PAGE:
My 10-year-old male cat George enjoys sitting in front of the sliding-door window that gives access to the backyard. He always enjoys looking at the birds and butterflies. One day, I heard a scratching sound, and noticed that at the other side of the sliding door there was another cat. The two felines were profusely staring at each other, and after about 10 minutes, the outdoor cat left. A few days later, I was unpleasantly welcomed by the strong scent of cat urine. Turns out George, who I adopted at the age of 8 weeks, had used the living room beanbag chair as his potty. I went into overdrive mode, did extensive research and took quick action to stop this undesired behavior.
The beanbag, as you can imagine, is history. It’s now somewhere in a landfill far away from my cat. The scent of a cat’s urine will make him want to keep going potty in the same area, so it’s important to eliminate all traces of urine. I cleaned the carpet below the beanbag chair with a cat stain remover from the pet store. I drenched the carpet thoroughly, scrubbed it and let it dry. I then covered the area with a large trash bag that I sprayed with a citrus-scented cleanser. Cat’s dislike the scent of citrus and won’t go anywhere near it. You can also use a commercial spray geared toward deterring cats from areas you don’t want them in. The next day I used the stain cleanser again and covered it up again.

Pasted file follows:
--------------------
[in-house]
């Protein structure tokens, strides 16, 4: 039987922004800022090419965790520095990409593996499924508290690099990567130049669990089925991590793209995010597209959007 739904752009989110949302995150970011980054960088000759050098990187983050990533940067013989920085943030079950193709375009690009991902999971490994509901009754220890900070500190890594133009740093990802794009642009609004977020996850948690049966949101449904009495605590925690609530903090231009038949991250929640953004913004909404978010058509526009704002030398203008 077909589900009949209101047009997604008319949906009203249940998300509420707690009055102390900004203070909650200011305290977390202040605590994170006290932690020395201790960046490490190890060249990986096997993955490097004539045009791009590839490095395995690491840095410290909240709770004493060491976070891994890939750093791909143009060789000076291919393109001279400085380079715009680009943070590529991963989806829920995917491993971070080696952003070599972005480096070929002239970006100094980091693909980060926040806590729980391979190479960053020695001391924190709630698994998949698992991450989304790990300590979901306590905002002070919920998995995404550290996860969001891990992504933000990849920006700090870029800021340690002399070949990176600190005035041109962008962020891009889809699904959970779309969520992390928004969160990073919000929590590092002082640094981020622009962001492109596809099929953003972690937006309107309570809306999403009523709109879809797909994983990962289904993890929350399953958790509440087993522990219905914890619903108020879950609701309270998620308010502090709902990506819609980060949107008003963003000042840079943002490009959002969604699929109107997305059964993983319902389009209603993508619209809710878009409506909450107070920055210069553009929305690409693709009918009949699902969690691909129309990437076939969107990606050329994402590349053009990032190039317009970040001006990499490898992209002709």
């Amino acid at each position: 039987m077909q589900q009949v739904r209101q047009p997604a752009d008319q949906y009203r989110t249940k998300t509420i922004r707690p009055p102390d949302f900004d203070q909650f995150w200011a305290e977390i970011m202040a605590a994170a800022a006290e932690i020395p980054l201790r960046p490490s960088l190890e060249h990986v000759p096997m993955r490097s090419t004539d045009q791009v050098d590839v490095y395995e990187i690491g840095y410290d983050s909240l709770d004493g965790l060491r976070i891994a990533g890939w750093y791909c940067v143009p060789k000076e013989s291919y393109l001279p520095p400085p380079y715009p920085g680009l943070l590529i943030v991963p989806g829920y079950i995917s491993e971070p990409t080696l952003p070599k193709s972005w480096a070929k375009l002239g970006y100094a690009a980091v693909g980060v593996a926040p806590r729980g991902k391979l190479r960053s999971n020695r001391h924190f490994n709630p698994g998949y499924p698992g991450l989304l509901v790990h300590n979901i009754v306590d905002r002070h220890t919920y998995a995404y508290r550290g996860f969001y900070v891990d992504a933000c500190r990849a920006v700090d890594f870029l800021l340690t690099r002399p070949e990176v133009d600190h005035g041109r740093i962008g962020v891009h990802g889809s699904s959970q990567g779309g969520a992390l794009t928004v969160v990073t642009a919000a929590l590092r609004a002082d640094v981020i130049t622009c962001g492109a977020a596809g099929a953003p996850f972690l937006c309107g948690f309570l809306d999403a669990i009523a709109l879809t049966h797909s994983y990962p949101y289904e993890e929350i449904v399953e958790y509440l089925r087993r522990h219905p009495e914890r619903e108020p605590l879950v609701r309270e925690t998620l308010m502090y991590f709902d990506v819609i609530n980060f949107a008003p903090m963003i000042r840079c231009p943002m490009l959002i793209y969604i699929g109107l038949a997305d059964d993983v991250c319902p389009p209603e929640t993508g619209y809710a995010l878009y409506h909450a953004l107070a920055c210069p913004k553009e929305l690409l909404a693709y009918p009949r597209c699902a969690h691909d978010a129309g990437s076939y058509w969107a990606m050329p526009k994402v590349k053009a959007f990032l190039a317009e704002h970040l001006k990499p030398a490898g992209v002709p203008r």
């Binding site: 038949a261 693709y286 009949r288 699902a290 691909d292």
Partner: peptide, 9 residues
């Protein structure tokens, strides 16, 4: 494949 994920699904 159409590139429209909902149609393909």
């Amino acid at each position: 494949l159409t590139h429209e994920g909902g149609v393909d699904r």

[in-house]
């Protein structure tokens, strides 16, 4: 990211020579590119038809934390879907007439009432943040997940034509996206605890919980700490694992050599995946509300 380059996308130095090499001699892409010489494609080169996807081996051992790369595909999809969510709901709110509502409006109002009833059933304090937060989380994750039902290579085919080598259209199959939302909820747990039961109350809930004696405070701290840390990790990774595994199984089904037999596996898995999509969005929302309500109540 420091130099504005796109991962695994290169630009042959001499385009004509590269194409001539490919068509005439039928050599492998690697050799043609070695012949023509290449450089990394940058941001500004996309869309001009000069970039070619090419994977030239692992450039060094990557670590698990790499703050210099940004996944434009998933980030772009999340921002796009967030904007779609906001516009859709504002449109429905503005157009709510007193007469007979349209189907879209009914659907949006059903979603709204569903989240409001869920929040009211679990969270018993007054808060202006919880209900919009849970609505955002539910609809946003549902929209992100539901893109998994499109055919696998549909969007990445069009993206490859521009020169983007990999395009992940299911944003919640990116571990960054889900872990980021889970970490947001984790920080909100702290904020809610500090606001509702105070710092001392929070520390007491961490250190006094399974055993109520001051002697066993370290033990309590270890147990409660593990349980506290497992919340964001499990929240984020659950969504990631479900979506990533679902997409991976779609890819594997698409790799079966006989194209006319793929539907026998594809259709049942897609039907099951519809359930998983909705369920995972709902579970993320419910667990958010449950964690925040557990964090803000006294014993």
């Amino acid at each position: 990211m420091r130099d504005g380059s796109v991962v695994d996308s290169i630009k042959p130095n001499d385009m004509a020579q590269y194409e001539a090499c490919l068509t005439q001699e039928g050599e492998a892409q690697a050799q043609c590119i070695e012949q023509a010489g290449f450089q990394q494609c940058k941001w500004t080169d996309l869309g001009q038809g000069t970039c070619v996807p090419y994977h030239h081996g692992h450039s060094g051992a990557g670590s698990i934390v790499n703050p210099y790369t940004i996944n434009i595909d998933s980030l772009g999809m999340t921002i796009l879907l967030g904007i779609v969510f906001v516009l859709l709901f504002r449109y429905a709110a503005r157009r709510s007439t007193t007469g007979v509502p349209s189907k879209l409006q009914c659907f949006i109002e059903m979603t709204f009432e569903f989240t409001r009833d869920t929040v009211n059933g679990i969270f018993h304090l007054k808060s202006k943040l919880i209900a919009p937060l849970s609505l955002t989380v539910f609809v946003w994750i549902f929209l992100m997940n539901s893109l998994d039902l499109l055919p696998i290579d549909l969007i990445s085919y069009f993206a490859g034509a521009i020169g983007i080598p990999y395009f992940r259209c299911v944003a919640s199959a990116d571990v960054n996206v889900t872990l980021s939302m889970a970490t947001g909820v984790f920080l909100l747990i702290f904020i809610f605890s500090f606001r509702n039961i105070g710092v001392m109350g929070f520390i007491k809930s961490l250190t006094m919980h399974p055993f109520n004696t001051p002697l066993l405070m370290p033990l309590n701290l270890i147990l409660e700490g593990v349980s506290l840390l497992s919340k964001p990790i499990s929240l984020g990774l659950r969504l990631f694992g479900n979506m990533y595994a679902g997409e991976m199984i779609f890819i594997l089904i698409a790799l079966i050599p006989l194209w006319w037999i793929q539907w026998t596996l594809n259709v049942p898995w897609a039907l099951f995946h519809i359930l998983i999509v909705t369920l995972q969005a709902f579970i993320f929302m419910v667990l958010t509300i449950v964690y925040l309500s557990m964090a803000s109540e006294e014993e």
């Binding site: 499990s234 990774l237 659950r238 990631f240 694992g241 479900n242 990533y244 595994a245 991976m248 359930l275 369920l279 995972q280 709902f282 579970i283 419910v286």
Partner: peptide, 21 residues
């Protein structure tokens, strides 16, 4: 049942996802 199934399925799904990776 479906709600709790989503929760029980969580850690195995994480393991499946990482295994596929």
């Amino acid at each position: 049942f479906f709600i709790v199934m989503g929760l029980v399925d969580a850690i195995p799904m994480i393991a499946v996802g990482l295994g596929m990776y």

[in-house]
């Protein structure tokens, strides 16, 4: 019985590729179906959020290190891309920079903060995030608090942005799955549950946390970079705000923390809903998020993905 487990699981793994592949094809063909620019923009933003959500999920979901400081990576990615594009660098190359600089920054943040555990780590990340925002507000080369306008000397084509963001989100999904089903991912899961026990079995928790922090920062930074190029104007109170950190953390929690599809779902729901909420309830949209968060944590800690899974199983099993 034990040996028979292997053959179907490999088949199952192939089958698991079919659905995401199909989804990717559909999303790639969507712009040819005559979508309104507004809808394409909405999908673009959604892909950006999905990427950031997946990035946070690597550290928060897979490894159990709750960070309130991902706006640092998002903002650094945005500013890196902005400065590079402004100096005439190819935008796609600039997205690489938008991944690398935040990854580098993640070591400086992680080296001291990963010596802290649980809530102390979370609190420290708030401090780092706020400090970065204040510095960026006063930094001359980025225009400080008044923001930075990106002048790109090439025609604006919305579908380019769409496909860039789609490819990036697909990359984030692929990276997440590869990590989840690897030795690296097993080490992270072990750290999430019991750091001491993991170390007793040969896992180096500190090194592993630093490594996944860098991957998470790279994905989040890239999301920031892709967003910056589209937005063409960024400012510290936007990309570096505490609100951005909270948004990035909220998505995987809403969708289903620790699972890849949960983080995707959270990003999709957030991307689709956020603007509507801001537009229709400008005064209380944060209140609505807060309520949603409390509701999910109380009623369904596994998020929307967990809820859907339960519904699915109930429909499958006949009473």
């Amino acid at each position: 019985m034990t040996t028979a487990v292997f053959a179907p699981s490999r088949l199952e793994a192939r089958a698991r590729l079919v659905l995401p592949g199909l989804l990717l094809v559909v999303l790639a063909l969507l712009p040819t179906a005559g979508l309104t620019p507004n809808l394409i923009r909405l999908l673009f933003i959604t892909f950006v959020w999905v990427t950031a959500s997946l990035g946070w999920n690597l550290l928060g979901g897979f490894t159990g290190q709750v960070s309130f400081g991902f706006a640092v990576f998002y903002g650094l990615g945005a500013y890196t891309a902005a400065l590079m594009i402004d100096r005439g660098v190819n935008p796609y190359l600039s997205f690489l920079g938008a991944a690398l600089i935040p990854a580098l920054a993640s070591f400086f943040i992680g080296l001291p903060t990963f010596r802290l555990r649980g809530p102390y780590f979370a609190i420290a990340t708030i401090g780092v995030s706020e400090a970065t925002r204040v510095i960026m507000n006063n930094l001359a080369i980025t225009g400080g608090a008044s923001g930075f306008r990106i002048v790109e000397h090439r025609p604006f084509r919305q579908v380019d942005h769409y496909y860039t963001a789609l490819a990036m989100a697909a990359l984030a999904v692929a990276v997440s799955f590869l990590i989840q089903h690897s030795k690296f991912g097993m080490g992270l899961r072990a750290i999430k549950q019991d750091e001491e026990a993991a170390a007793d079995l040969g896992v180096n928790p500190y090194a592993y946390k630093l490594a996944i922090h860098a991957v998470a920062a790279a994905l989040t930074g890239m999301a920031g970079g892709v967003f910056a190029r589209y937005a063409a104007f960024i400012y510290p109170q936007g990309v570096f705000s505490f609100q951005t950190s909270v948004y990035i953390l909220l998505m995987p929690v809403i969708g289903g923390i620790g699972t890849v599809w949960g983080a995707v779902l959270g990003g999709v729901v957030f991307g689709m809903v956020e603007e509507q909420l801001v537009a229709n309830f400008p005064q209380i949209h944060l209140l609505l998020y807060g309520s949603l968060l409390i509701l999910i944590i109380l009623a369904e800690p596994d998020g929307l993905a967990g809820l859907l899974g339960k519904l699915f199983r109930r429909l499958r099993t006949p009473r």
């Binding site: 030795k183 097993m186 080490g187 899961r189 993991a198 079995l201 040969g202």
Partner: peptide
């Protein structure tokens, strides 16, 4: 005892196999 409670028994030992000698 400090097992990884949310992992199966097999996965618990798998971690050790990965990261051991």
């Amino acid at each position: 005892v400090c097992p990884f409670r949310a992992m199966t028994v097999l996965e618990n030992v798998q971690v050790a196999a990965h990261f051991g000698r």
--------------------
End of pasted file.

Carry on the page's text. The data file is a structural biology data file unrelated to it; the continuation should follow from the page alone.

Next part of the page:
Meanwhile, I cleaned my cat’s litter box profusely, making sure it was clean and inviting with his favorite litter that he’s been using since he was little. I then sat and watched George like a hawk, and each time he’d go near the area where the bean bag used to be, I’d make a loud noise to startle him. I was consistent with this and wouldn’t let him in the living room without supervision. This made him think twice about going near the area. I also lavishly rewarded him after using his litter box.
I came to the conclusion that the outdoor cat that visited my cat triggered him to want to spray. Cats naturally do this to mark their territory, and although they spray only a little bit at a time, the strong scent is unmistakable. Just the sight of another cat can set off this instinctive, hard-to-stop behavior. My cat is neutered, which is said to reduce urine spraying, but it doesn’t necessarily stop the behavior completely. I still allow George to look out of the window, but keep a real close eye on what’s going on, just in case he falls off the wagon.